Saturday, February 28, 2015

I was on a panel today at the "Bay To Ocean Writers Conference" held in Wye Mills, Maryland on the campus of Chesapeake College.

The panel was "Lit Mags" - Opportunities for You
Wilson Wyatt (editor and a founder of Delmarva Review) was the person who pulled everything together. Wyatt, Richard Peabody (Gargoyle), Jody Bolz (Poet Lore) and myself shared our knowledge and experience obtained from years of editing a lit mag. Jody and I have been editing Poet Lore for 13 years.

In my remarks I mentioned how important it was for a person to edit a journal. I view it as "service to the field." I view lit mags as historical documents. It's important that we find ways to develop good editors for the future.

Wilson Wyatt, Richard Peabody and Jody Bolz. Photo by Ethelbert


When cultural leaders get together only good things can happen. Yesterday Ari Roth and Sarah Browning sat down with John Cavanagh and myself at the Institute for Policy Studies (IPS). It's important for think tanks to also be cultural incubators. Art and culture is central to social change and helping with the development of new citizens and leaders. When Mosaic Theater joins with Split This Rock the land will begin to overflow with milk and honey. I can't wait...

Ari Roth and Sarah Browning - photo by Ethelbert


Yesterday evening I read The Adventures of Emery Jones, Boy Science Wonder - The Hard Problem by Charles Johnson and his daughter Elisheba Johnson.

This is a young adult book filled with science facts as well as philosophical and religious concepts. It's primarily however an enjoyable read. At the center of this book is the friendship between a boy and a girl - Emery and Gabby. I like how they are smart and curious. Johnson and Johnson have given us a book in which black characters have adventures that are fun and exciting. This is the type of book many parents and librarians will love. It's a book that begs to be turned into animation. Emery Jones needs to be on the big screen. I "wonder" when that will happen.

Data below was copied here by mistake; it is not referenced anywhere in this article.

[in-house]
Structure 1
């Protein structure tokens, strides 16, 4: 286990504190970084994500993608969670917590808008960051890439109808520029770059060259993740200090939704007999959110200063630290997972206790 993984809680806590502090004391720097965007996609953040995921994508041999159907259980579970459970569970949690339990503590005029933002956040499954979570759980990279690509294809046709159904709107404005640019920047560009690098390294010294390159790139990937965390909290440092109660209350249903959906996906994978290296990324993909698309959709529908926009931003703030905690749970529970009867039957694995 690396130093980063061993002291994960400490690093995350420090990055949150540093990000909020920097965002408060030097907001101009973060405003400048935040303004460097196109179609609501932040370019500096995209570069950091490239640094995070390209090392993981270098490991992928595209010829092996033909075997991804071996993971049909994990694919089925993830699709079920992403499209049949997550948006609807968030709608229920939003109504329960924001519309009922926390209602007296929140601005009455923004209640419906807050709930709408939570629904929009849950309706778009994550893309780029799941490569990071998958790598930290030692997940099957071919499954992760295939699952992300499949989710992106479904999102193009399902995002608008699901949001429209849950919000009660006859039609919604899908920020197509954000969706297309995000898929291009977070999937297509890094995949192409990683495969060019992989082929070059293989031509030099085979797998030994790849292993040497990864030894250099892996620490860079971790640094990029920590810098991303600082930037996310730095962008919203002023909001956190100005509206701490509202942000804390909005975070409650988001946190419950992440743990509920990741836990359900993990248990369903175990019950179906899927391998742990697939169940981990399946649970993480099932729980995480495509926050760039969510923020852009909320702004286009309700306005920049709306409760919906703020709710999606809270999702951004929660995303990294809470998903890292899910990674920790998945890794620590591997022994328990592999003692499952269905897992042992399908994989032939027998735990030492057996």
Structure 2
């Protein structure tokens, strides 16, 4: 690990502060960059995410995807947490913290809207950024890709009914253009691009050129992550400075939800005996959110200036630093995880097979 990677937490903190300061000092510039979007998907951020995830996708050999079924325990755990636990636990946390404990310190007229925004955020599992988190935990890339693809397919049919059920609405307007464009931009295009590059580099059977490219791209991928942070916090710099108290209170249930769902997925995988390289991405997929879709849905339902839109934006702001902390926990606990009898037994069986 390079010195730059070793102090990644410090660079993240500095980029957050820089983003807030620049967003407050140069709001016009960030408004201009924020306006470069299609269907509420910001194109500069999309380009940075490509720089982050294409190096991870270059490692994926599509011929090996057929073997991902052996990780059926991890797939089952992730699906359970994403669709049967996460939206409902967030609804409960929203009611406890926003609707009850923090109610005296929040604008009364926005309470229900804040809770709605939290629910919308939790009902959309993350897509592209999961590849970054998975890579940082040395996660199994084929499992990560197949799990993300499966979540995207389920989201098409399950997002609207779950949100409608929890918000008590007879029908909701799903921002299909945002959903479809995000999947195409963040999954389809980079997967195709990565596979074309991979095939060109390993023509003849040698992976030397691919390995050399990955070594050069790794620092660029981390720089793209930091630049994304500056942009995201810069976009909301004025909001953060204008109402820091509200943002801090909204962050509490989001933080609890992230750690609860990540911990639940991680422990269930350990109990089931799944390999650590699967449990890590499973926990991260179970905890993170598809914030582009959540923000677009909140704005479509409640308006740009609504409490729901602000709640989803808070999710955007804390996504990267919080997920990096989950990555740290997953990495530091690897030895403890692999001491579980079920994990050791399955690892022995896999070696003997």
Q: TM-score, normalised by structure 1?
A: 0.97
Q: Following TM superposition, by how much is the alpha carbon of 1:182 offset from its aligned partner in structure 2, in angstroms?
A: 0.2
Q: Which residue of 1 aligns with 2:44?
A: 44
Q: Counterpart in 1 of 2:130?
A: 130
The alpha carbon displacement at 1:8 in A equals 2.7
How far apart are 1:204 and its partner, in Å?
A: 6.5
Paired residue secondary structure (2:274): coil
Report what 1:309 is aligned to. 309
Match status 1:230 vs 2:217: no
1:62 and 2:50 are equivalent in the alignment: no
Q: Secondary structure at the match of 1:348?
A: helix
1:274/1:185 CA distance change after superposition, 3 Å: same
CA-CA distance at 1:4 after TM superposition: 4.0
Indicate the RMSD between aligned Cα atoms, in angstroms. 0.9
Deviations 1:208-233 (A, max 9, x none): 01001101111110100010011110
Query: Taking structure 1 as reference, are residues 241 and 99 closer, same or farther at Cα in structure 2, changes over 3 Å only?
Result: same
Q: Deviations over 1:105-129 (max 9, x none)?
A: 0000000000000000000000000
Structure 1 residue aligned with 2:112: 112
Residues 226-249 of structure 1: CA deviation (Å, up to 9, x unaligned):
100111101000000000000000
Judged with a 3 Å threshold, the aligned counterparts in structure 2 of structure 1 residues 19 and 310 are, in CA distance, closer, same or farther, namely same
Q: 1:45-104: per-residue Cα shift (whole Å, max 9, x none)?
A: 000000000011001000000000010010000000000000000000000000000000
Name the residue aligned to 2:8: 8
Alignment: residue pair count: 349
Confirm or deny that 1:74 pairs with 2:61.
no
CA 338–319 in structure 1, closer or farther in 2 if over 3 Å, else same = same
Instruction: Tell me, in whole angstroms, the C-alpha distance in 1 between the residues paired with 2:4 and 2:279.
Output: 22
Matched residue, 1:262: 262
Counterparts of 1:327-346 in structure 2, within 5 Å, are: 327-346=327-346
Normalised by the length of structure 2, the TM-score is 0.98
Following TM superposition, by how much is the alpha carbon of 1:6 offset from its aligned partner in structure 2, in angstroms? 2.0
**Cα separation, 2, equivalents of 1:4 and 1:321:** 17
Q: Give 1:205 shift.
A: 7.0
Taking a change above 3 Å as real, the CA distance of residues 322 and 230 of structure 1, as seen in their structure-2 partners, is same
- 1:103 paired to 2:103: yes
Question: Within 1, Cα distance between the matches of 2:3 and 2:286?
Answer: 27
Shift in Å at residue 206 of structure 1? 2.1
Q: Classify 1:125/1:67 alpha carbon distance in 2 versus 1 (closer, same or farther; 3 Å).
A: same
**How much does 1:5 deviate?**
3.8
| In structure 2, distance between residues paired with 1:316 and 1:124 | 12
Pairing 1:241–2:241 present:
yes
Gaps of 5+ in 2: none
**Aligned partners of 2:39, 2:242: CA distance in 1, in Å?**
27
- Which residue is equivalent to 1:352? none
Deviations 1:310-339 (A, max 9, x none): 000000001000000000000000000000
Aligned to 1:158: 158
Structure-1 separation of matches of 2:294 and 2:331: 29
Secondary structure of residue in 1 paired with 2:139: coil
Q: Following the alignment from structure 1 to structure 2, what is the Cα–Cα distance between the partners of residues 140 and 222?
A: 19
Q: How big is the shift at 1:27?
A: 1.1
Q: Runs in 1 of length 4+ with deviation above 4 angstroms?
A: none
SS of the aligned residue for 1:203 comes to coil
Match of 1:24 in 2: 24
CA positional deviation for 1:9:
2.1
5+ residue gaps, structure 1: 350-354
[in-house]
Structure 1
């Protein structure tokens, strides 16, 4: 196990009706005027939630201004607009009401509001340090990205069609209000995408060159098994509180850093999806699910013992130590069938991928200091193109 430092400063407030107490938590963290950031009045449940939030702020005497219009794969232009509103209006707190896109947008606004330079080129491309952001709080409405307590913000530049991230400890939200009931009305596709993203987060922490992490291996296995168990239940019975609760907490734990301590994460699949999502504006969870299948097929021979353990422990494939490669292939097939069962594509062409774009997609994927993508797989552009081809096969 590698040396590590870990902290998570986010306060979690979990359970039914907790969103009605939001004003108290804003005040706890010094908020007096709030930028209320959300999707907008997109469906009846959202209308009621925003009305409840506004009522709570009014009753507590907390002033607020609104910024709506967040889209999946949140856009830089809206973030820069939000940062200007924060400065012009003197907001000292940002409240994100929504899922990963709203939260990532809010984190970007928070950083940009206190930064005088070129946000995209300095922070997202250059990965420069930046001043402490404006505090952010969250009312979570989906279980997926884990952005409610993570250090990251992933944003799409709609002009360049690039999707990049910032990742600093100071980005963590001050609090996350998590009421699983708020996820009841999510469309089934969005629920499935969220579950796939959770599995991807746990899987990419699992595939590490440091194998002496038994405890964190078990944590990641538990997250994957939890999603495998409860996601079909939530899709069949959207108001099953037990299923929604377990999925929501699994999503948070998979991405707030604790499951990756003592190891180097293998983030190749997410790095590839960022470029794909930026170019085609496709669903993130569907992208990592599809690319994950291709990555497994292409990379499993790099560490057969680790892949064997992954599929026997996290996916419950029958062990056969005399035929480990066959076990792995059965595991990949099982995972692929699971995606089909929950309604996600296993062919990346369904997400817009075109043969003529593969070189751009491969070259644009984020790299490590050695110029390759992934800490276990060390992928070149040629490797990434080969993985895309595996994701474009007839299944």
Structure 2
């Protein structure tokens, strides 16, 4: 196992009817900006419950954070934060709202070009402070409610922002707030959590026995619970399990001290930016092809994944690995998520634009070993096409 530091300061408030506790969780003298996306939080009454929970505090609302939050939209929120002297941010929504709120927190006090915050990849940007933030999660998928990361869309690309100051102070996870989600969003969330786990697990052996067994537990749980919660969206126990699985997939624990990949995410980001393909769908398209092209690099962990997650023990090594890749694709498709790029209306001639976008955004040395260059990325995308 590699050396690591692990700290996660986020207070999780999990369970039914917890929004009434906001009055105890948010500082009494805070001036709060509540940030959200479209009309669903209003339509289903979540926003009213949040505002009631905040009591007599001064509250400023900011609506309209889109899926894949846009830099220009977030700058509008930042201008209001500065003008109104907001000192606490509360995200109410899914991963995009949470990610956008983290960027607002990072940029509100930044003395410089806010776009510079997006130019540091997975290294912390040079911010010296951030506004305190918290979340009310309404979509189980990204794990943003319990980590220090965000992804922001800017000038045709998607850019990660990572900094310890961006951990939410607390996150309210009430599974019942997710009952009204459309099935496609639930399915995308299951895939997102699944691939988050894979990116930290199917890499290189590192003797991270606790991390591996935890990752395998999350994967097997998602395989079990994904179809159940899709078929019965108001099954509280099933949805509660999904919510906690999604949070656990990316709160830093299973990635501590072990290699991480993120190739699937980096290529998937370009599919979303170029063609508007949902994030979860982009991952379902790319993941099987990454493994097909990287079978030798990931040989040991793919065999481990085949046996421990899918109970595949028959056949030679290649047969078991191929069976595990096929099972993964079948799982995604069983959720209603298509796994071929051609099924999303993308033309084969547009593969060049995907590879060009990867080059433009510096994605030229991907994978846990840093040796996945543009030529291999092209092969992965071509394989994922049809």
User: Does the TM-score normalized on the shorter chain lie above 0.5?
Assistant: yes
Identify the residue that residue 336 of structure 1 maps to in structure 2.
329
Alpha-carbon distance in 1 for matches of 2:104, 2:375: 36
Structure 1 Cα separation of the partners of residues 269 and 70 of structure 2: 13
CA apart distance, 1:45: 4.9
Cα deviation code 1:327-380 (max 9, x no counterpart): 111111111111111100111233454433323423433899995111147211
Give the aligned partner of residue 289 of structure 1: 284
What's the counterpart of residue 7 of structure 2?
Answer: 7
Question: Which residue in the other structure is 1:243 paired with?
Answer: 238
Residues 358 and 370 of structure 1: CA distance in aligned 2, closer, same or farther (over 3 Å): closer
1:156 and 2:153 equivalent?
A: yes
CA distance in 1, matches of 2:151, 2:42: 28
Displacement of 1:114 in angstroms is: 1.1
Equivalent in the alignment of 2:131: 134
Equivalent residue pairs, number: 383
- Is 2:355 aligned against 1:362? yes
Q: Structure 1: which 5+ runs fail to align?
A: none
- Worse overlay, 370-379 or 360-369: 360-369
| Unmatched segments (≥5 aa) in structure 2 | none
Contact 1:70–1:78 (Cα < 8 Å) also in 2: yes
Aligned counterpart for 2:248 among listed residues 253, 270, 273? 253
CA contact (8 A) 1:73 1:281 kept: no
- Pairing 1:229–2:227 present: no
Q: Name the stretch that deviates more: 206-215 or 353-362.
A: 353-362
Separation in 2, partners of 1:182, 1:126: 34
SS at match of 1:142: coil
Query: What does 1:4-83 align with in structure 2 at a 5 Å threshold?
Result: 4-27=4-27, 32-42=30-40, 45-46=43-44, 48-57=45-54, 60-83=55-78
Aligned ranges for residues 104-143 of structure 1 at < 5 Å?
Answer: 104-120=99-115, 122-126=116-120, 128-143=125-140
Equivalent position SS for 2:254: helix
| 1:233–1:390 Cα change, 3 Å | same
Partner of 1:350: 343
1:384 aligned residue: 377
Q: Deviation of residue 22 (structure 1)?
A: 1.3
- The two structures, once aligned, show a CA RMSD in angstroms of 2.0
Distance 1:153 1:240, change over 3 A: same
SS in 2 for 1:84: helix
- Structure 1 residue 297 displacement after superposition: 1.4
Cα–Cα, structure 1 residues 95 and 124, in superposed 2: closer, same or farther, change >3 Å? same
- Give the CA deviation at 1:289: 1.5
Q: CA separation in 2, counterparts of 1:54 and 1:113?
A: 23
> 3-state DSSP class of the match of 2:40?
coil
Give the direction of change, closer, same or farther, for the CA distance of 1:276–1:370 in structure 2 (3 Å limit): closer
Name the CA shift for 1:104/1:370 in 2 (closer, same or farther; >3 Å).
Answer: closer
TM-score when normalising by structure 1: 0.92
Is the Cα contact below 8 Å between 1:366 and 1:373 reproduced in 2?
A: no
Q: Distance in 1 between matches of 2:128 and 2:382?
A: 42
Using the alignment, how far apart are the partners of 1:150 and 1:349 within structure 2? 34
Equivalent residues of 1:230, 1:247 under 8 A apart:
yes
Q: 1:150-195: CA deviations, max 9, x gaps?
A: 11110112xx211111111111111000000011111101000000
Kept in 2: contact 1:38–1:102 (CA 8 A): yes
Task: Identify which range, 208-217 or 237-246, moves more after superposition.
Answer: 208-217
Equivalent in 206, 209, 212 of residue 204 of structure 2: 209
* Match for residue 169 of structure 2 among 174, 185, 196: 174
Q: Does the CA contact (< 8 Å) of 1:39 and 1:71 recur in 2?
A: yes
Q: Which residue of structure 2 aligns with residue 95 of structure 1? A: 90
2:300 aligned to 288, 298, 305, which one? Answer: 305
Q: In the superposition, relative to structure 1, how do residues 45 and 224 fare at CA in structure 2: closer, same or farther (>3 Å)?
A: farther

02/25/2015ListenAmiri Baraka is Back in the BuildingAMIRI BARAKA

Friday, February 27, 2015

A Radical Challenge | February 27, 2015

The Buddha presented a radical challenge to the way we see the world, both the world that was seen two millennia ago and the world that is seen today. What he taught is not different, it is not an alternative, it is the opposite. That the path that we think will lead us to happiness leads instead to sorrow. That what we believe is true is instead false. That what we imagine to be real is unreal. A certain value lies in remembering that challenge from time to time.

- Donald S. Lopez, Jr., "The Scientific Buddha"


Rapunzel, Rapunzel, let down your weave.

The genius of Paul Beatty is back.

Thursday, February 26, 2015


Today I received my "15th Annual Washington DC Hall of Fame" invitations. The big black tie event will be held on April 19th at the Liaison Capitol Hill.
Nice to see I will be inducted into the Hall with my friend Donald M. Temple.
Looking forward to seeing former mayor Sharon Pratt who will be the Mistress of Ceremonies.


Tuesday, March 3, 1:00-5:00 PM

The Poetry and Literature Center will present a series of panels exploring the connections between poetry and literacy. This event is free and open to the public. Co-sponsored by the Library of Congress Literacy Awards.

Hour-long panels include the following:

1:00 PM: Poetry and Literacy in the Schools featuring Terry M. Blackhawk (InsideOut Literary Arts Project), Amy Swauger (Teachers & Writers Collaborative), and Robin Reagler (Writers in the Schools)

2:15 PM: Poetry and Literacy with At-Risk Populations featuring Roland Legiardi-Laura (Power Poetry), Tara Libert (Free Minds Book Club & Writing Workshop), and Aaron Zimmerman (New York Writers Coalition)

3:30 PM: Addressing Aliteracy Through Poetry featuring Joe Callahan (826 DC), Robert Polito (Poetry Foundation), and Amy Stolls (National Endowment of the Arts)

Location: LJ-119, first floor, Thomas Jefferson Building
Contact: (202) 707-5394

Dear Friend of ASALH,
ASALH's Centennial Anniversary Celebration is now underway. In recognition of this milestone, ASALH has set the national Black history theme: